Reviewed by Simon Sweetman

He’s Just Not That Into You comes from a self-improvement book heralded by Oprah Winfrey – all you need to know about this movie. Ginnifer Goodwin (TV’s Big Love) plays the excruciating character of Gigi; she can’t seem to hang on to a man. She goes on dates, gets numbers – gives her number out – and then doesn’t hear anything. This could be because she sends out the wrong signals. It could also be because she is a total psycho – leaving messages that out-cringe that scene in Swingers where Jon Favreau’s character “breaks up” with a woman he just met over the phone due to increasingly manic messages he leaves in the space of about five minutes.

Gigi works with Janine (Jennifer Connolly, looking like she is Demi Moore’s brother) and Beth (Jennifer Aniston, presumably she just thought this was a documentary?). Janine’s husband starts having an affair with Anna (Scarlett Johansson); he met her late at night buying a bottle of water and bananas (as you do) in a convenience store. Oh, and Anna has an on/off thing with Conor (Kevin Connolly from TV’s Entourage) who, if you are still following, is the latest to not call back Gigi.

Gigi speaks with Alex (Justin Long) who is the bar manager and, naturally, Connor’s flatmate. She pours her heart out and all but admits to being a psycho-stalker and Alex, painted as a misogynist and a womanizer, takes a shine to Gigi’s vulnerability. He starts giving her honest advice. And, in one of roughly 1000 leaps in logic, Gigi goes from calling him at the bar to texting and calling his cell because all of a sudden these two are mates. Right?

By this point I was pretending to be asleep. And wishing I actually was.

Beth’s problem is that she wants to get married to her beau, Neil (Ben Affleck) and he does not want that at all. She does the only logical thing – she kicks him to the curb. He is in fact very much into her, he is just not that into marriage. Neil is the one character that comes close to being vaguely likeable – and vaguely realistic.

Drew Barrymore plays the executive producer of the film which also means she gets a five-minute role as Mary, a newspaper editor who is mates with Scarlett Johansson’s character.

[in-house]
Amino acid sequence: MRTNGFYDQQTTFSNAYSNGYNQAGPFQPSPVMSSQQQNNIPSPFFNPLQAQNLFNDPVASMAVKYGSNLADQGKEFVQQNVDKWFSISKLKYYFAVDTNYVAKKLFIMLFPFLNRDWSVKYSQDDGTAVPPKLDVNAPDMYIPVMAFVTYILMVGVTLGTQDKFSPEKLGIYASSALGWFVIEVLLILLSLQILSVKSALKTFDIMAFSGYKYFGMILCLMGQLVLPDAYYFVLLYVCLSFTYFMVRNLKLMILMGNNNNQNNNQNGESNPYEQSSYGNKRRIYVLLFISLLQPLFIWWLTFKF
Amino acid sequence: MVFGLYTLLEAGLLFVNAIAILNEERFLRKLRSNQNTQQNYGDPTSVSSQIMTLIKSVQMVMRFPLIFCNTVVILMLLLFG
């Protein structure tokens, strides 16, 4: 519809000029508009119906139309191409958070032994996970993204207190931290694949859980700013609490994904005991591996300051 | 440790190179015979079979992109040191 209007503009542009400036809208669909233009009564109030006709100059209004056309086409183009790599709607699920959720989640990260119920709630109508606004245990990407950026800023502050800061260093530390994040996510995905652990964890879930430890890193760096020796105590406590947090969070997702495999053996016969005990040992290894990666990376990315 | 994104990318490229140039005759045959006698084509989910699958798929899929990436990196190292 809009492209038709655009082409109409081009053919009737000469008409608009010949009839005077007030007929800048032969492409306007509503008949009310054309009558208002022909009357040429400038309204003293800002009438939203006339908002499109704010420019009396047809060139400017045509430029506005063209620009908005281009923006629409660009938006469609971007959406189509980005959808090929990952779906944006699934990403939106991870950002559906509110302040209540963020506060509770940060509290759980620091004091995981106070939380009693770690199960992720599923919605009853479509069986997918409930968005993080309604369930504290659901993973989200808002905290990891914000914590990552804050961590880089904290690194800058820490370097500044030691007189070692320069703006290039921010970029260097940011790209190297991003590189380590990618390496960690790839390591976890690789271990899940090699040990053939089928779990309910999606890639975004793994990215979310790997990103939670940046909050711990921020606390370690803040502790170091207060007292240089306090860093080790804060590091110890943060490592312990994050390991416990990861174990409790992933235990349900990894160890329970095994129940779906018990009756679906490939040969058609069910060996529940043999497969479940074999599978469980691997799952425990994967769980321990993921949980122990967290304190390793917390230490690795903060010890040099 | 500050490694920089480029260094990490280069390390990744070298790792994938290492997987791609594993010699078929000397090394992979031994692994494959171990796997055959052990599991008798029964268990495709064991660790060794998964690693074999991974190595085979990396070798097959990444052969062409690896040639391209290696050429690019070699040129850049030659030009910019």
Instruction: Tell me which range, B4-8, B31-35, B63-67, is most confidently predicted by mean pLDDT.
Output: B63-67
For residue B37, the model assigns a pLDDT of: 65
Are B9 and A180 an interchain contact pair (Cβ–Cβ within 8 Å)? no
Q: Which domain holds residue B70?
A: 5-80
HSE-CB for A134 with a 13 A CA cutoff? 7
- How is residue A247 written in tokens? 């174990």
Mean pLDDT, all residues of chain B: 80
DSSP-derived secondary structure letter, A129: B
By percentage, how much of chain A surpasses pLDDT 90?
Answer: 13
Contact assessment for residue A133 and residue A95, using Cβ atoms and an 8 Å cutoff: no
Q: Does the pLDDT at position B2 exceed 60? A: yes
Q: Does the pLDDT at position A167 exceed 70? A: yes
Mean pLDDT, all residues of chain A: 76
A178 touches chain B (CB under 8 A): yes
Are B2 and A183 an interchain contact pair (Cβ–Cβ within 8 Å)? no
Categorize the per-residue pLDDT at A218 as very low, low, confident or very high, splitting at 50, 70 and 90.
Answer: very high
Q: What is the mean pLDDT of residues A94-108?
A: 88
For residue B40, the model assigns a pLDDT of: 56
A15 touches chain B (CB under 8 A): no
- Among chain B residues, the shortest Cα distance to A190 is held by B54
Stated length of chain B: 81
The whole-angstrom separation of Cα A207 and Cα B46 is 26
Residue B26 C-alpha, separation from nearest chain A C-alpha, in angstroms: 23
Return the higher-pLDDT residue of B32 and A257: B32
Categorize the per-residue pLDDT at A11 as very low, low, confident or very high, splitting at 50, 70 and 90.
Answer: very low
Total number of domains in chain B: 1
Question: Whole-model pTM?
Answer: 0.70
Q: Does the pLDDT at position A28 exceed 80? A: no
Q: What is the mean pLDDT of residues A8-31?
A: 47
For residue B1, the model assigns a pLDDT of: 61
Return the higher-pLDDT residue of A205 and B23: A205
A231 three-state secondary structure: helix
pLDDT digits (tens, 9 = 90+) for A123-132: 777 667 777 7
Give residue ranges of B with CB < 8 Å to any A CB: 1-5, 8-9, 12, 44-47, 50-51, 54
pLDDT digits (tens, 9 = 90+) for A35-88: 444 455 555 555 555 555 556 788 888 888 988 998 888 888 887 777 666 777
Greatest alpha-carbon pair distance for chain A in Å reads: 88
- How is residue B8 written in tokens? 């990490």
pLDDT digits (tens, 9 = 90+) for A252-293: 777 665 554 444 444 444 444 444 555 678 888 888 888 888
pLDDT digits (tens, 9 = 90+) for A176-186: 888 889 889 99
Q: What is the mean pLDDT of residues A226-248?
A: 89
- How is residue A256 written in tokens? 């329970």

It all starts to feel like a director of several episodes of Friends saw one Robert Altman film and got the wrong idea. (Actually, Kew Kwapis also directed The Sisterhood Of The Travelling Pants, so that about answers it…)

The women are revolting in this movie. And the men are not really given a chance. Bradley Cooper plays Ben (the husband of Connolly’s character who is cheating on her with Anna) and is given the cliché evil-character flaw of smoking.

The most annoying part about this film was attending a screening that was close to full and hearing waves of laughter. I genuinely could not understand why people were laughing and could only figure that the same people buy tickets to Coldplay concerts, read The Secret for insight into the world and watch re-runs of Friends before dinner each night.

It’s a long movie too – running in over two hours – and made to feel longer for the fact that it treats its characters and its audience like electro-shock patients.

The only reason I am writing anything at all about this film, apart from to warn anyone not to make the mistake of buying a ticket, is to boast that I survived. I can only assume this film will, during its theatrical run, claim some casualties.

Also, one final point, Scarlett Johansson is getting worse at acting in every film she is in. It is like when certain parts of her started developing, there were other parts that stopped. There was this weird crossover period – also known as the movie Ghost World – where Scarlett was in her prime.

Okay, two final points, but this one is related to the one above: what does it say when Scarlett plays a singer and we never hear her sing in the film? In fact, as the end credits are playing out we see her singing, but she is miming and another song is playing over the visuals. It says that the film’s producers did at least hear Johansson’s crime against music – also known as the CD Anywhere I Lay My Head. It is the only thing right about this film.

Simon Sweetman’s ‘notes’ continue as a regular fixture on The Lumičre Reader throughout 2009.